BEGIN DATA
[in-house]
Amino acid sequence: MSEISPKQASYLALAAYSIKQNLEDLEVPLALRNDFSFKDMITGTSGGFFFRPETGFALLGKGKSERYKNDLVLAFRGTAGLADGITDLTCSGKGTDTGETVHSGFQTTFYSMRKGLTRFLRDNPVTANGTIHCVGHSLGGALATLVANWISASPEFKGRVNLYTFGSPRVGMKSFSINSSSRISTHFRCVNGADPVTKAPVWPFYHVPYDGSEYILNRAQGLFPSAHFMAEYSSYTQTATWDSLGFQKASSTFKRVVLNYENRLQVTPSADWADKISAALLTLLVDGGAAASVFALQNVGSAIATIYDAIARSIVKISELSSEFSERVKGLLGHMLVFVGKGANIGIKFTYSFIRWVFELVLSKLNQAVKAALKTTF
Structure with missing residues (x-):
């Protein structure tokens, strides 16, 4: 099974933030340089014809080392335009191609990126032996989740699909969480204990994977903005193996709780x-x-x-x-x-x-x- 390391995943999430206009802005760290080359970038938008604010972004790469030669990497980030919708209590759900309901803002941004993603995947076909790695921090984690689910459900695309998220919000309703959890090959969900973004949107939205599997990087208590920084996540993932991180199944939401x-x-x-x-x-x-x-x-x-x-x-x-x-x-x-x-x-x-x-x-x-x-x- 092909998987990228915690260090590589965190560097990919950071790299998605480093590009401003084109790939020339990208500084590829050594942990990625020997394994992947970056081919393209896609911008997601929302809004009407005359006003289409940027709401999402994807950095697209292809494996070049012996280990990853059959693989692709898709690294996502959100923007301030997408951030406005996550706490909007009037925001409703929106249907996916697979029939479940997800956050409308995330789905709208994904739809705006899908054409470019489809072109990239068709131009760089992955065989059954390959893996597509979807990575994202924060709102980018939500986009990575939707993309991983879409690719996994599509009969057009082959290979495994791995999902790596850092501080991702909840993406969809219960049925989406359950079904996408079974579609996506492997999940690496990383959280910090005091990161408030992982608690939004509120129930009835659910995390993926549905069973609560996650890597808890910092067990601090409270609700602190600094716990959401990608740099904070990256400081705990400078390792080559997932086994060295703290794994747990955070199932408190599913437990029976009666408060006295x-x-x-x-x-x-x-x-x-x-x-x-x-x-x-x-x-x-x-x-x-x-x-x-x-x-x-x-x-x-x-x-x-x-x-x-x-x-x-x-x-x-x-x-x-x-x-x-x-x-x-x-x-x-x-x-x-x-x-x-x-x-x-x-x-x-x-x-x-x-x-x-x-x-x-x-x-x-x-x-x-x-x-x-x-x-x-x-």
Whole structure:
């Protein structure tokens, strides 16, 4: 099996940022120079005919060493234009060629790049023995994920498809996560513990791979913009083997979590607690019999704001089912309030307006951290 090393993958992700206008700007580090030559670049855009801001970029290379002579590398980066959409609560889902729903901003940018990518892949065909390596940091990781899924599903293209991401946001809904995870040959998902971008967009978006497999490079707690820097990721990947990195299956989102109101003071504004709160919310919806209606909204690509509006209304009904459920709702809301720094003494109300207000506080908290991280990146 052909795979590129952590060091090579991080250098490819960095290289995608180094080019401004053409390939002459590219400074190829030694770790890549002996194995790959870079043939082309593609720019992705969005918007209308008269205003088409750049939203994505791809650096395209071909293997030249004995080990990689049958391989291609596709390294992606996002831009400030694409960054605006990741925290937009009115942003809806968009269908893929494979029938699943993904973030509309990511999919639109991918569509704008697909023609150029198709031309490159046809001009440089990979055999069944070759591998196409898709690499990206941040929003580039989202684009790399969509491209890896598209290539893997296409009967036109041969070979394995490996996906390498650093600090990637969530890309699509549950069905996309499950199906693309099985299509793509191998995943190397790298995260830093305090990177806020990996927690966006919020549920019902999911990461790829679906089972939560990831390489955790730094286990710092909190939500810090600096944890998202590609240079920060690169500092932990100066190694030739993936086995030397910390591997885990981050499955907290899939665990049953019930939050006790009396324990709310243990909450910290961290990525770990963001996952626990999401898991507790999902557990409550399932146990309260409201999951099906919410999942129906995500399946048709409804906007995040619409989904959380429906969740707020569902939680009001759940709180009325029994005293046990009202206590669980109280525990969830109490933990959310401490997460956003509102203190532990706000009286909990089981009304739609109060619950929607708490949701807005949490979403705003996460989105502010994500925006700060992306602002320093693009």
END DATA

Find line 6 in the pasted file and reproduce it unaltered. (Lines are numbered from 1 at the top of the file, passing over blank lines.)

């Protein structure tokens, strides 16, 4: 099996940022120079005919060493234009060629790049023995994920498809996560513990791979913009083997979590607690019999704001089912309030307006951290 090393993958992700206008700007580090030559670049855009801001970029290379002579590398980066959409609560889902729903901003940018990518892949065909390596940091990781899924599903293209991401946001809904995870040959998902971008967009978006497999490079707690820097990721990947990195299956989102109101003071504004709160919310919806209606909204690509509006209304009904459920709702809301720094003494109300207000506080908290991280990146 052909795979590129952590060091090579991080250098490819960095290289995608180094080019401004053409390939002459590219400074190829030694770790890549002996194995790959870079043939082309593609720019992705969005918007209308008269205003088409750049939203994505791809650096395209071909293997030249004995080990990689049958391989291609596709390294992606996002831009400030694409960054605006990741925290937009009115942003809806968009269908893929494979029938699943993904973030509309990511999919639109991918569509704008697909023609150029198709031309490159046809001009440089990979055999069944070759591998196409898709690499990206941040929003580039989202684009790399969509491209890896598209290539893997296409009967036109041969070979394995490996996906390498650093600090990637969530890309699509549950069905996309499950199906693309099985299509793509191998995943190397790298995260830093305090990177806020990996927690966006919020549920019902999911990461790829679906089972939560990831390489955790730094286990710092909190939500810090600096944890998202590609240079920060690169500092932990100066190694030739993936086995030397910390591997885990981050499955907290899939665990049953019930939050006790009396324990709310243990909450910290961290990525770990963001996952626990999401898991507790999902557990409550399932146990309260409201999951099906919410999942129906995500399946048709409804906007995040619409989904959380429906969740707020569902939680009001759940709180009325029994005293046990009202206590669980109280525990969830109490933990959310401490997460956003509102203190532990706000009286909990089981009304739609109060619950929607708490949701807005949490979403705003996460989105502010994500925006700060992306602002320093693009």